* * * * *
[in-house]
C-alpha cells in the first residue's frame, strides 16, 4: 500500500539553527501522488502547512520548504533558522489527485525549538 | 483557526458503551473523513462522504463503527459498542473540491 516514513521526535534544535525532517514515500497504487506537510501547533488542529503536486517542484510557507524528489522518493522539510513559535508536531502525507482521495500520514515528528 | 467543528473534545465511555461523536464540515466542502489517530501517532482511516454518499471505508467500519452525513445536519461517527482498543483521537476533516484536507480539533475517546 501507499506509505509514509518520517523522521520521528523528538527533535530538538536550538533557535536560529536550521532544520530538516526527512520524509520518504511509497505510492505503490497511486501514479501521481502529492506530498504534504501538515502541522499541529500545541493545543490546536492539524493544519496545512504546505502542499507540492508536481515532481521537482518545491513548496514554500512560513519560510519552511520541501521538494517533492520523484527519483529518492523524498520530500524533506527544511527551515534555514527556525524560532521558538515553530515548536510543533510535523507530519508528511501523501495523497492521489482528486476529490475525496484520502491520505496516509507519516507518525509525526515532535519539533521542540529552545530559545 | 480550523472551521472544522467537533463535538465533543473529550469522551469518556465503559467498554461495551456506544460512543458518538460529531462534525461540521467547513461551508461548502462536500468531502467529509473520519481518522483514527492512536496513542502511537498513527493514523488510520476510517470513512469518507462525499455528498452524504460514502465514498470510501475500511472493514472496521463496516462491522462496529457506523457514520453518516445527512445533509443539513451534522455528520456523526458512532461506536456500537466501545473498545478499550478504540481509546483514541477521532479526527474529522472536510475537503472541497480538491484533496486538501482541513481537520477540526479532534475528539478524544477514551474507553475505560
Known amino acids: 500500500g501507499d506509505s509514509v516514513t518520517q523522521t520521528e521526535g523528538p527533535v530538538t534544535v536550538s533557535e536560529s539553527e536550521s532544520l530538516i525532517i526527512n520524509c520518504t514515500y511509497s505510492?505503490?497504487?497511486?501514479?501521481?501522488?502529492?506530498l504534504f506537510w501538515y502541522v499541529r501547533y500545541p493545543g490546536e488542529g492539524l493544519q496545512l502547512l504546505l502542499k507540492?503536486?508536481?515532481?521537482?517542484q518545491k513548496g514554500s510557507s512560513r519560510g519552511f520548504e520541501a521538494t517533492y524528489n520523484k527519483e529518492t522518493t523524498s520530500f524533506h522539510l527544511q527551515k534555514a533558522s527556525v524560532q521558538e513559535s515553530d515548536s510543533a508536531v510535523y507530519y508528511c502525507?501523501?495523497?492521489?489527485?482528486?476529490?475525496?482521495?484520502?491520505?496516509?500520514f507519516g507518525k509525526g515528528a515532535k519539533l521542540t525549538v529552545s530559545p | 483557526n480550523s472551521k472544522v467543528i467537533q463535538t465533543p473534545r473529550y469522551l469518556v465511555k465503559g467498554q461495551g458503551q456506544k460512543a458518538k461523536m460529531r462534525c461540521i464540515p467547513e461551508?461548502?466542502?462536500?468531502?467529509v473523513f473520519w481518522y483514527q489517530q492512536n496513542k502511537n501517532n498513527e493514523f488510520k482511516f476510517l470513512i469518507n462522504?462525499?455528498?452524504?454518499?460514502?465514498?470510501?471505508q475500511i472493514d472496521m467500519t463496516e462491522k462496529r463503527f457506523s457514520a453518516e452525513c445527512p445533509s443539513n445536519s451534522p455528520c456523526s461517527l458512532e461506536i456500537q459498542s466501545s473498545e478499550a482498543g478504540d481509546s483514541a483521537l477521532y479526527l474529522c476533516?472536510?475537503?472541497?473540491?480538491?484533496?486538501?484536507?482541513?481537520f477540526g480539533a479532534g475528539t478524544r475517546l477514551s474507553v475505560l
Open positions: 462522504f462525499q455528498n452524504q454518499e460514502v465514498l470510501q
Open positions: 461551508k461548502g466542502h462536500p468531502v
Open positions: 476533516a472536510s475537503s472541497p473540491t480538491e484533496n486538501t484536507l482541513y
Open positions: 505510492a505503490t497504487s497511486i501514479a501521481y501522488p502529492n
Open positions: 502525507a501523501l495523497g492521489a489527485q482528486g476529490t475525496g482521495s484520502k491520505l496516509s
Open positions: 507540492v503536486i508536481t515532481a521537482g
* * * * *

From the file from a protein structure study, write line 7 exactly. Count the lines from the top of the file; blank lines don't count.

Open positions: 505510492a505503490t497504487s497511486i501514479a501521481y501522488p502529492n